Dermatologic Injury

The six main dermatologic manifestations of lighting injury are feathering burns (Lichtenberg figures), flash burns, punctate burns, contact burns, erythema, and blistering, and linear streaking. The pathognomonic skin finding for lightning is the Lichtenberg figure, which results from electron showering over the skin surface, which is not a true burn.13 Lichtenberg figures are superficial, appear in a fern pattern, and resolve within 24 h ( Fig 197-1). A comatose patient exhibiting Lichtenberg figures should be treated as a victim of lightning injury. Flash burns are similar to those found in welders, appear as mild erythema, and may involve the cornea. Punctate burns look similar to cigarette burns in that they are usually smaller than 1 cm and are full-thickness burns. Contact burns occur when metal worn close to the skin, such as coins, zippers, and belts, is heated by the lightning current. Erythema and blistering are usually transient, and superficial skin loss may occur. Linear burns may be seen in areas of sweat, such as the axilla or groin, and are full-thickness burns usually less than 5 cm wide. Less common burns found on lightning victims include those associated with ignition of clothing. Entrance and exit wounds, characteristic of nonlightning electrical injuries, are not commonly seen in lightning victims.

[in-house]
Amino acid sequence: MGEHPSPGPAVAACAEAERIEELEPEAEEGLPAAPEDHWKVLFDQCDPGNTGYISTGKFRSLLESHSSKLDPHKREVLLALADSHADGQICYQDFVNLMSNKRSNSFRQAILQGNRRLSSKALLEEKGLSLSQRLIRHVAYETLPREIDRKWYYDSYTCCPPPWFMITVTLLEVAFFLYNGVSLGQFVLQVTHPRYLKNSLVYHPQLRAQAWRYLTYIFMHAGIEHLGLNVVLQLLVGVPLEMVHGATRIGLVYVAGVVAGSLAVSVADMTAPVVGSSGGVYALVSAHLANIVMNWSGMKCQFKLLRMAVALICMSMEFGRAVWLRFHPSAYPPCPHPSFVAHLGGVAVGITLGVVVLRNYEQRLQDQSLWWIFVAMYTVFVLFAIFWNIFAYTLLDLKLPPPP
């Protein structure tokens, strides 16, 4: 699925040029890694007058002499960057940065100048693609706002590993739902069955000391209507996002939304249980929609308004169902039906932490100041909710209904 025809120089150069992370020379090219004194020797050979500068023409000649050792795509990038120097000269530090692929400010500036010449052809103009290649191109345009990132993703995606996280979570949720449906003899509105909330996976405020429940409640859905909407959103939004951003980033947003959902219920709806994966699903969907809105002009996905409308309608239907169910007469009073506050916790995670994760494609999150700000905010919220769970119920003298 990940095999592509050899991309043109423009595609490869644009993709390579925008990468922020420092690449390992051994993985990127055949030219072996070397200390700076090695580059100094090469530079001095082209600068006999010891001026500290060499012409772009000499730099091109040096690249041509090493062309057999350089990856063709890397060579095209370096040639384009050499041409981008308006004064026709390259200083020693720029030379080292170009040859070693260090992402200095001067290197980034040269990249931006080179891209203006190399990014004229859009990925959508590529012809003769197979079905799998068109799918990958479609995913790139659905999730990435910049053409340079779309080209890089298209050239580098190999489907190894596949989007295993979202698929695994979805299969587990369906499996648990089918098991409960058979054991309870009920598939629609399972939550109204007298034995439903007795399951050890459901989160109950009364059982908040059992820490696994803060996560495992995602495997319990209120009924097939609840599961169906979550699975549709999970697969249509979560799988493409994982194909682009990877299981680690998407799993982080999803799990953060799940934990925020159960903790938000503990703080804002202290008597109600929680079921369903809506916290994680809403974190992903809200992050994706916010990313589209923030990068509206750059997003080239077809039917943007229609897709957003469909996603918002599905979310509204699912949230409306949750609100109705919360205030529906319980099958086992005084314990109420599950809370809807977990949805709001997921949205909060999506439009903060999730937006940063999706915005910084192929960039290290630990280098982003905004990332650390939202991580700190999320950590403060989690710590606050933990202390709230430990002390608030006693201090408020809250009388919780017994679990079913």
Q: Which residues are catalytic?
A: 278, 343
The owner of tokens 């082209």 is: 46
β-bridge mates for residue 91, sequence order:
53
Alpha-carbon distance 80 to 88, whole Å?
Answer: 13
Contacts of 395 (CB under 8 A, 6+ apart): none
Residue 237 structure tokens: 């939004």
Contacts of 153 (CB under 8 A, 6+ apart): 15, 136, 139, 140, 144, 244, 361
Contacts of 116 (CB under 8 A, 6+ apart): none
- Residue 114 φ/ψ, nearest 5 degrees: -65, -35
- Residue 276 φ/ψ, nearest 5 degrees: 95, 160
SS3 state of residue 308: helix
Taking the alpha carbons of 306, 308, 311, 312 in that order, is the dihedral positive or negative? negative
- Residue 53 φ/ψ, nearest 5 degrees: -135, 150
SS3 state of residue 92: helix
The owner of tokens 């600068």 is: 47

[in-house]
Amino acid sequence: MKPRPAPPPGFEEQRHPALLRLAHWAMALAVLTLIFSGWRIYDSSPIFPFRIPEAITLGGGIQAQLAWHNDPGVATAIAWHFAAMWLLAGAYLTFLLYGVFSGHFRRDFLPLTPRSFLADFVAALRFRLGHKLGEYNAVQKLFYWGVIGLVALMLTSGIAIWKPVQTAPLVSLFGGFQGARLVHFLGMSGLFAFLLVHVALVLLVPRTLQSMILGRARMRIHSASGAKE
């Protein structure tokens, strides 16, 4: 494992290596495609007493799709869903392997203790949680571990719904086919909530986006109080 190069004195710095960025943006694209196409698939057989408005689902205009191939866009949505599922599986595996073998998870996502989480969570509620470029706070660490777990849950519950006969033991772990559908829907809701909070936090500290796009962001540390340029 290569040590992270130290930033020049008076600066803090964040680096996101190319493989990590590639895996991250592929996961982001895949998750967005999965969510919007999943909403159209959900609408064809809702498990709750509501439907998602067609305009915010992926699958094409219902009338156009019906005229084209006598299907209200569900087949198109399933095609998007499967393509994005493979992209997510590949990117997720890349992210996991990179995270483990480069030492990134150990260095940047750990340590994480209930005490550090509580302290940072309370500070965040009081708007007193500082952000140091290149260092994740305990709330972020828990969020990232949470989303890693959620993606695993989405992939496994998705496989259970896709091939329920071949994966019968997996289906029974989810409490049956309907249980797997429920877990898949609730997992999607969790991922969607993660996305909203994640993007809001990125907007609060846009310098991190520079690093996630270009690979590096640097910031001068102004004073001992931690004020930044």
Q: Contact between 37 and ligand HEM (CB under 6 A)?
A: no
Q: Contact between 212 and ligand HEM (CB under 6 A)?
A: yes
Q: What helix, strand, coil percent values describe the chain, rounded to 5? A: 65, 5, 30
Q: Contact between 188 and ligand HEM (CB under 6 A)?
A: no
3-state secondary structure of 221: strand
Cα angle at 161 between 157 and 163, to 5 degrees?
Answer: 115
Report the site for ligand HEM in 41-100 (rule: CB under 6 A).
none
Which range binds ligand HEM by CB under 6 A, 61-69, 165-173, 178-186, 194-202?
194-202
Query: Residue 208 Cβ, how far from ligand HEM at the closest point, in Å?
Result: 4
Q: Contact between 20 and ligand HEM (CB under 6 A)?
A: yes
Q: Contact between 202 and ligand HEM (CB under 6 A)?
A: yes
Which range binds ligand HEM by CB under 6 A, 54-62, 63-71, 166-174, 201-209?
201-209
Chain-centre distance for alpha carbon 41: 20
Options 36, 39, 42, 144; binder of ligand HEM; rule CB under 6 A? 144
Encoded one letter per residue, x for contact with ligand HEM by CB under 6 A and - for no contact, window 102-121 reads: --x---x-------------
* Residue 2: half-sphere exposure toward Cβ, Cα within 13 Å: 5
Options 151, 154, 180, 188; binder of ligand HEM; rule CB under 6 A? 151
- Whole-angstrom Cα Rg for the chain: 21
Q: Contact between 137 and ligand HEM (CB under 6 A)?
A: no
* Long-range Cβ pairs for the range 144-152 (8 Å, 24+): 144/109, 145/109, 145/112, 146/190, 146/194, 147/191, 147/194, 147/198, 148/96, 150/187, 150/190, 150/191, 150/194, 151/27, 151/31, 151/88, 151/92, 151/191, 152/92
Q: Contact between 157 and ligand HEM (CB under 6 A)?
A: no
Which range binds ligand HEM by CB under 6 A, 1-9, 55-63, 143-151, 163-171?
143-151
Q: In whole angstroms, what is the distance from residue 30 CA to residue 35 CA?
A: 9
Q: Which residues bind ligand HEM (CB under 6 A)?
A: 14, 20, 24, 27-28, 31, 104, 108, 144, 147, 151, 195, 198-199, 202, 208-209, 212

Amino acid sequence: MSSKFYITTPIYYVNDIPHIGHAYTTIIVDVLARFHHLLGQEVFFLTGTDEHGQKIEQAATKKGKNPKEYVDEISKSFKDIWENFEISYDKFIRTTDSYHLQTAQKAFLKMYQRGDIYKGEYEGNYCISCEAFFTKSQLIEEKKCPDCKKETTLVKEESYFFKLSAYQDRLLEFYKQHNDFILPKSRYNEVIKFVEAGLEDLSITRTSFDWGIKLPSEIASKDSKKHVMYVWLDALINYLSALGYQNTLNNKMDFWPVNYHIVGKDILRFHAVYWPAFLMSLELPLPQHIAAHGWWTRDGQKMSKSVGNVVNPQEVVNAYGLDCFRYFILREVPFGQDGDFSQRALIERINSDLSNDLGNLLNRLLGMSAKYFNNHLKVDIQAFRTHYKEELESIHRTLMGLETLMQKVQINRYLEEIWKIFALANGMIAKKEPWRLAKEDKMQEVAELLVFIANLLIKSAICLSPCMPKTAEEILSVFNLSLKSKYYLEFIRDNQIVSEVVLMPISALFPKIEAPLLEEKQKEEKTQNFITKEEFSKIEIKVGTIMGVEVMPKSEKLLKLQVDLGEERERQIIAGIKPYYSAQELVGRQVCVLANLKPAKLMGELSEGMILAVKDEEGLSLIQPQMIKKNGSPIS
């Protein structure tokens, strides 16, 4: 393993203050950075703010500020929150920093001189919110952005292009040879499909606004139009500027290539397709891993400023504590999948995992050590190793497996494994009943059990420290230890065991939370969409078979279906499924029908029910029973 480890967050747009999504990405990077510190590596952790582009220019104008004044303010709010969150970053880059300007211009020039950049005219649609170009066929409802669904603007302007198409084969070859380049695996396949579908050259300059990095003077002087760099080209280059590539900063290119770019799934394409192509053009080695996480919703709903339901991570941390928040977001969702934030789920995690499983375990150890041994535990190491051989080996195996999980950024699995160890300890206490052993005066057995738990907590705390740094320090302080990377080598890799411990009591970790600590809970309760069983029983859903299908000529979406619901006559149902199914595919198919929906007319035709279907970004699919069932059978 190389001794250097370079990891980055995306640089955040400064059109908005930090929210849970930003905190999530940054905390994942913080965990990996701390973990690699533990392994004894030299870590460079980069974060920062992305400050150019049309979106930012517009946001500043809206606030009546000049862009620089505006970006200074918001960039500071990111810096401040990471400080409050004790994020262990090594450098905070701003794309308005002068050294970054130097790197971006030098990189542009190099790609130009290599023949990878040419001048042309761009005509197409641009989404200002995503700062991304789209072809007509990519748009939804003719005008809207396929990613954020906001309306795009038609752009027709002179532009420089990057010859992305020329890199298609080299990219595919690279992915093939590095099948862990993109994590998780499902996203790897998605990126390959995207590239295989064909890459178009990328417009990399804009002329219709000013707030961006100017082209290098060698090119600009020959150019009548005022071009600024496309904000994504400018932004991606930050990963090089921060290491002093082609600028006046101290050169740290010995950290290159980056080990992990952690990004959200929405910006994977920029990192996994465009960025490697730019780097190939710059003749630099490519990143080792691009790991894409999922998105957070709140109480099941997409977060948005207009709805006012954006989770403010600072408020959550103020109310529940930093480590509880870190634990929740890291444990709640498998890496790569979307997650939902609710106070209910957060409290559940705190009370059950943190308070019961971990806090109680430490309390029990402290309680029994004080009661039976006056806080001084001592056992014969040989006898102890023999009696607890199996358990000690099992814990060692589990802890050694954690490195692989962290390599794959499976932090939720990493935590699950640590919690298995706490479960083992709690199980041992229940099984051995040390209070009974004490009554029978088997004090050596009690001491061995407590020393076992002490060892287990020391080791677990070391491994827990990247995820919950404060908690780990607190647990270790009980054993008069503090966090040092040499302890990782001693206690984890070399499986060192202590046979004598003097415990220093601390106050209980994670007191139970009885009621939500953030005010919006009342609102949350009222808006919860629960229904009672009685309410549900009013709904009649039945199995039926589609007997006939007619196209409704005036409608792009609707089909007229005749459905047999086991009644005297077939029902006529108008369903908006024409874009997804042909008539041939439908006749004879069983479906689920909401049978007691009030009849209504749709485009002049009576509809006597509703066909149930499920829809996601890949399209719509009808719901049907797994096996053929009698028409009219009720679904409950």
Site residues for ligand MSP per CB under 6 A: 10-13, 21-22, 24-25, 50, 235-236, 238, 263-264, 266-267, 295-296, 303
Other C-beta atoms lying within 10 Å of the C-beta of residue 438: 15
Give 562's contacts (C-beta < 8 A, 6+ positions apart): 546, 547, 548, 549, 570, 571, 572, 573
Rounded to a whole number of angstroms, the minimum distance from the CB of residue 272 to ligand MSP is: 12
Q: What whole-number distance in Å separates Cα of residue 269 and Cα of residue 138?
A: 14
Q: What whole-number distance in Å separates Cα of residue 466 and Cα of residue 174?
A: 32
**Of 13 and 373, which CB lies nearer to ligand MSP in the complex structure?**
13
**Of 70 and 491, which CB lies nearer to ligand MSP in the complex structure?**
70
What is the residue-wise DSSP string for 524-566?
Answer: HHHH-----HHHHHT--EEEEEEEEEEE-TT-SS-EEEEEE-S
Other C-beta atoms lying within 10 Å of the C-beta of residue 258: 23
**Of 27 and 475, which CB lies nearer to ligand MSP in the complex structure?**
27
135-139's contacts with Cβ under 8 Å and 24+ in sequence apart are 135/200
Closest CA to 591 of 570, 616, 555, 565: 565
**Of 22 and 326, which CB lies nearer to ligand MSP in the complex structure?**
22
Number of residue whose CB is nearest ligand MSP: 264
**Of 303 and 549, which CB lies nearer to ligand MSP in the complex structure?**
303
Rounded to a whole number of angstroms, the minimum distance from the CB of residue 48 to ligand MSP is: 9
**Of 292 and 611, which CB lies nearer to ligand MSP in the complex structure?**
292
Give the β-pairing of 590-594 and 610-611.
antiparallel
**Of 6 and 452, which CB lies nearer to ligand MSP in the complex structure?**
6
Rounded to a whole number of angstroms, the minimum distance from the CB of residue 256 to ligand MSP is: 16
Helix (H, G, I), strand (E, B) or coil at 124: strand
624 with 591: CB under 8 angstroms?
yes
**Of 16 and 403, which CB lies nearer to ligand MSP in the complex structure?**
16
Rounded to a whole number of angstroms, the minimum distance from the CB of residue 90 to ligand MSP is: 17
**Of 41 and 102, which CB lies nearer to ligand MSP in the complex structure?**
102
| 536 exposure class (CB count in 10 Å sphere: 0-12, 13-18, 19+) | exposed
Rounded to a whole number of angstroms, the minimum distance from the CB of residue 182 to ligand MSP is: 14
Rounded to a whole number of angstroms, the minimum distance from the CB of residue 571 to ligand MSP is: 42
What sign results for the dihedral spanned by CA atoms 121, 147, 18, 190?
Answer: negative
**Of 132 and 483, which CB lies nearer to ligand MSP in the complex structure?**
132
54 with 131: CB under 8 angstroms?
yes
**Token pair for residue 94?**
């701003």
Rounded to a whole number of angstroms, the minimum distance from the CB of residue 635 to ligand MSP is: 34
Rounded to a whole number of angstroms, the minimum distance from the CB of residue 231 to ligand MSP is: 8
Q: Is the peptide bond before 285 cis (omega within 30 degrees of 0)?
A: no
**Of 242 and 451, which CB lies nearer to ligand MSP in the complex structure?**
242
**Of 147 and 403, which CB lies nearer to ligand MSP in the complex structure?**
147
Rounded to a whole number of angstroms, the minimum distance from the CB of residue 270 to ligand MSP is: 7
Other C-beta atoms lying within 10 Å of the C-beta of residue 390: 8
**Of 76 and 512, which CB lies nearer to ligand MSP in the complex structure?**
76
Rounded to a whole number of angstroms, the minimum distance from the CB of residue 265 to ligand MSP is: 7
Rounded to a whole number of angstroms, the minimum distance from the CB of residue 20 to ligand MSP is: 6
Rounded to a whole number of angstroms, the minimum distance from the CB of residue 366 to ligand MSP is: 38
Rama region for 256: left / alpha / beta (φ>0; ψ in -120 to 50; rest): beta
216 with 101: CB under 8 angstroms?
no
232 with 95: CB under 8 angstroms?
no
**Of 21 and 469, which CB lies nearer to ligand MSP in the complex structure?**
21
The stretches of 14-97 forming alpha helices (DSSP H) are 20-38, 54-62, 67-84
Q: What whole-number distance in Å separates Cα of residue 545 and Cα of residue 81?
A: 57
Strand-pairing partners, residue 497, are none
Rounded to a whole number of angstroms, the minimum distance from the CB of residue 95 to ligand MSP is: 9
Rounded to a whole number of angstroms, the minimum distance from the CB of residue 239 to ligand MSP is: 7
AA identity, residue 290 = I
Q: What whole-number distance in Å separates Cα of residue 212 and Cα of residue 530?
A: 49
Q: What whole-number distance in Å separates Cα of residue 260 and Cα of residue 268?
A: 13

How To Deal With Rosacea and Eczema

How To Deal With Rosacea and Eczema

Rosacea and Eczema are two skin conditions that are fairly commonly found throughout the world. Each of them is characterized by different features, and can be both discomfiting as well as result in undesirable appearance features. In a nutshell, theyre problems that many would want to deal with.

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